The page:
Docker Series

This will be a small introduction series to the world of Docker.
I’ll be going over the following topics:

  • Simpler usage of docker containers.
  • Data Volumes and mounting host directory in a container.
  • Building your own docker image.
  • Running multiple containers simultaneously(Docker Compose).
  • Docker cluster management and orchestration features(Docker Swarm).

    Disclaimer: Most of the things that I will be going through will be for beginners and will contain stuff from the official documentation of Docker.

My adventures with AWS

I had applied for the GitHub Student Developer Pack. I had $150 in credits for AWS. 😎

I decided to put this to good use. I have started exploring Amazon EC2, Amazon Elastic BeanstalkAmazon EC2 Container Service. The aws-cli is really pretty awesome with the little use that I have done so far. As I go, I will keep updating this repo aws-scripts with the scripts I prepare. As this is just my testing with aws-cli scripts, these scripts will be hard coded and in general may not be usable anywhere else without a little tweaking.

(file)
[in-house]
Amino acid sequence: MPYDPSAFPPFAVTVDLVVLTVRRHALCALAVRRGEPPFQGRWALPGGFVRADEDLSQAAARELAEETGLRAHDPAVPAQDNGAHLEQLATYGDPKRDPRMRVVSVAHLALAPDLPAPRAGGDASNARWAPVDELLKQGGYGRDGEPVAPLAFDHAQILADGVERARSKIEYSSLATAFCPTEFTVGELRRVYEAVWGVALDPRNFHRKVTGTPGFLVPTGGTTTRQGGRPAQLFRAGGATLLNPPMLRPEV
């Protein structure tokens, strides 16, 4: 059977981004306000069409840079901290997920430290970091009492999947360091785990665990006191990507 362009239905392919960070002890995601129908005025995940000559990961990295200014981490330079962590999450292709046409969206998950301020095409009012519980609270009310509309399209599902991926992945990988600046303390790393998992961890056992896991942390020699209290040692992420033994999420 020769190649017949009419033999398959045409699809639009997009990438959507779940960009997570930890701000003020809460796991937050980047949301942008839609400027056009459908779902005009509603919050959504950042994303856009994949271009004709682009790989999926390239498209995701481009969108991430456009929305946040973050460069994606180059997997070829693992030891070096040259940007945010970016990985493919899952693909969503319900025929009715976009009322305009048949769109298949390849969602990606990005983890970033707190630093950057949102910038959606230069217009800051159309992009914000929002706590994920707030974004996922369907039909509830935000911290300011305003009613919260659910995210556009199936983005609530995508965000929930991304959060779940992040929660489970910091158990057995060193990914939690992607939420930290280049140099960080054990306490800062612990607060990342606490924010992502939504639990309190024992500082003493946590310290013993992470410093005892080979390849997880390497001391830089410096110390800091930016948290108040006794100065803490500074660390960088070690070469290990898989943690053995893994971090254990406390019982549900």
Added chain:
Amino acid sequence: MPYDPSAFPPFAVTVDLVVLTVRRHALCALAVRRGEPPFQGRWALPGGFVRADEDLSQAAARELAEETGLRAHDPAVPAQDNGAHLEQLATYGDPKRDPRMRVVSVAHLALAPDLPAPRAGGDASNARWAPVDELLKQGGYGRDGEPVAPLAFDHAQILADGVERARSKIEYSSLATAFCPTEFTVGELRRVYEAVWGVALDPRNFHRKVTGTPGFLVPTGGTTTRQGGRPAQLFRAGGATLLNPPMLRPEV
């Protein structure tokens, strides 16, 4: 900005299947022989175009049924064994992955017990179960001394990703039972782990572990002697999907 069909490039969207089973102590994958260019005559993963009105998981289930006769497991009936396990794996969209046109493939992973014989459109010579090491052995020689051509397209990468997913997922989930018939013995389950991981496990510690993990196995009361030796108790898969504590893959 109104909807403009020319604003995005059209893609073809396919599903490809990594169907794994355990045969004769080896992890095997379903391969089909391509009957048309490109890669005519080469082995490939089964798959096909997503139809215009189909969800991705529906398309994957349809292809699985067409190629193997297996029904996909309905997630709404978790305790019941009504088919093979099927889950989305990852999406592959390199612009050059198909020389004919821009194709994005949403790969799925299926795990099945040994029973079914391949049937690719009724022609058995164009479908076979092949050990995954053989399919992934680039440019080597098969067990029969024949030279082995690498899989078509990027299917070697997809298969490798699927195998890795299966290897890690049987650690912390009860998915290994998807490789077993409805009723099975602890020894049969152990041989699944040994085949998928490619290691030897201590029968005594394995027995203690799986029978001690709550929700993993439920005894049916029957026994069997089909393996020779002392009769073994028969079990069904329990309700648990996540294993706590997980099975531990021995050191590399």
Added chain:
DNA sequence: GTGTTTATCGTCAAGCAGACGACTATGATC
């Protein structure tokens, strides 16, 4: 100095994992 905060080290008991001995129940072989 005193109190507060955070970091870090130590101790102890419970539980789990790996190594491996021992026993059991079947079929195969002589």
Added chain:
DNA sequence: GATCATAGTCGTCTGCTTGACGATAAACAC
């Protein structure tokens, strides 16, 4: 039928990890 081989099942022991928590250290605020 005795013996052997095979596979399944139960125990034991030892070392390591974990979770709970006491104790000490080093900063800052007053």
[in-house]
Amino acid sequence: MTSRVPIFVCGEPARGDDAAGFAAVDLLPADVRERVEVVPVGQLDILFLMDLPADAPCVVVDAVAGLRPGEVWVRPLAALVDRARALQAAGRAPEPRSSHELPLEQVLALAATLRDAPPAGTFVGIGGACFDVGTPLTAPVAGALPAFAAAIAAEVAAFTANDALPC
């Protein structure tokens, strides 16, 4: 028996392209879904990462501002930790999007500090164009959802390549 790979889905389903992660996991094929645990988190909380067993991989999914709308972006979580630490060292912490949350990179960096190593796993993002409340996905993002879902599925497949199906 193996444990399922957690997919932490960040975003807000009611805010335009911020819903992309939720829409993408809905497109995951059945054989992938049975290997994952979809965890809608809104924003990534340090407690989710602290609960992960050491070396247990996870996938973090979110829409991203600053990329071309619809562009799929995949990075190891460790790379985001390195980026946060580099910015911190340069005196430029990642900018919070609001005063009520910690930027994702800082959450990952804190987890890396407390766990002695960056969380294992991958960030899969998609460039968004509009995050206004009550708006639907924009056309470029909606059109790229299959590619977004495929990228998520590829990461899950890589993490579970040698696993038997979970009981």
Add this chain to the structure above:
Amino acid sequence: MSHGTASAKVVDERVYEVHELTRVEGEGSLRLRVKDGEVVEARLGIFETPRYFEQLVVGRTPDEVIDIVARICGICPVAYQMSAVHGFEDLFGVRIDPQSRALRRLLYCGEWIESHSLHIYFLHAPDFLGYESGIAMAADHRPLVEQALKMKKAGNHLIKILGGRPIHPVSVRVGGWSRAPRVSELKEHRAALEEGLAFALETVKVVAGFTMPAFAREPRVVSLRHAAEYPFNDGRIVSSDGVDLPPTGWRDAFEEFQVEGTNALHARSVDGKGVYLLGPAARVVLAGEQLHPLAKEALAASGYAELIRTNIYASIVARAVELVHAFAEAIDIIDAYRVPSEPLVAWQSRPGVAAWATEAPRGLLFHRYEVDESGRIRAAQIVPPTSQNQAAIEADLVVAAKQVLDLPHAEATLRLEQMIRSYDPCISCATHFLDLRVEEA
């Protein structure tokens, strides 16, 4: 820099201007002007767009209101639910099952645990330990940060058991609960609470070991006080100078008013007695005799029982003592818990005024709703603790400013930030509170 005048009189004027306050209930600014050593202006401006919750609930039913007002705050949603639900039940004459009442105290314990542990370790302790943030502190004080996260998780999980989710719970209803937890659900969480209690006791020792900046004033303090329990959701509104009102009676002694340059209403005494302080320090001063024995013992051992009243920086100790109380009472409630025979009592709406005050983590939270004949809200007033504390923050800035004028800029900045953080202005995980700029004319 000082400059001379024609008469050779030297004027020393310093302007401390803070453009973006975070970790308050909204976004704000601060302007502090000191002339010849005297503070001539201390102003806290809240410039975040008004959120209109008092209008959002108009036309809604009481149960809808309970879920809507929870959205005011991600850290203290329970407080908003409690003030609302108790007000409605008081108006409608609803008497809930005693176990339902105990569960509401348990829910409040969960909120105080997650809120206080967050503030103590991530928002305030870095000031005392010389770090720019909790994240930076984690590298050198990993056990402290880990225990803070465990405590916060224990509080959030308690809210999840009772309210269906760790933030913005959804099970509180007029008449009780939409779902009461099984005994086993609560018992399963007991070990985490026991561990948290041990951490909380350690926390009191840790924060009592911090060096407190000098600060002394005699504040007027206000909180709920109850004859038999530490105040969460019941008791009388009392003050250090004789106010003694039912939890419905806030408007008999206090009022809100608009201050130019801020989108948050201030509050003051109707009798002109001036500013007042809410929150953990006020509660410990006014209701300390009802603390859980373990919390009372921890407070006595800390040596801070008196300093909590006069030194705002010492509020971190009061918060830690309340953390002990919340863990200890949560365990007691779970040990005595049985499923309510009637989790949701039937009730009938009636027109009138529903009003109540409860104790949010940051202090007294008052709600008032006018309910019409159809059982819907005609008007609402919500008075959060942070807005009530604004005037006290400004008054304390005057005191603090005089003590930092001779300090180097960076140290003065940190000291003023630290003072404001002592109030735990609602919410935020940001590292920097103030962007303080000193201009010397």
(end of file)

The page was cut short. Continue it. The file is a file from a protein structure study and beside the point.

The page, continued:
I will keep blogging about my adventure, all my successes and failures as well.

Docker Registry on local network.

So, we all have used Docker Hub and it’s private repositories, but sometimes, if we want to do some testing on the local network and want to save some bandwidth, we could set up our own Docker Registry. If you want to read that documentation that’s fine. But this is to just get you running.

The machine on which you want to configure the registry(Let’s call it the server) must have a static IP. Add an entry to your /etc/hosts file (Linux or MAC). Then follow these steps (Run these on the server only.)

mkdir -p certs && openssl req \ -newkey rsa:4096 -nodes -sha256 -keyout certs/docker.key \ -x509 -days 365 -out certs/docker.crt

Then, run this command. (Obviously you have docker installed and configured for your user! You’re not that dumb. 😉 )

docker run -d -p 5000:5000 --restart=always --name registry \
-v `pwd`/data:/var/lib/registry \
-v `pwd`/certs:/certs \
-e REGISTRY_HTTP_TLS_CERTIFICATE=/certs/docker.crt \
-e REGISTRY_HTTP_TLS_KEY=/certs/docker.key \
registry:2

You are almost done! Just two more steps left to configure your docker engine to talk to this registry. (These must be done on your local machines)

  1. Copy the docker.crt file to /etc/docker/certs.d/docker.local:5000/ca.crt
  2. Restart Docker Engine. (systemctl restart docker)

Sources

  • https://docs.docker.com/registry/insecure/#/using-self-signed-certificates
  • https://docs.docker.com/registry/deploying/#get-a-certificate
  • https://docs.docker.com/registry/deploying/#storage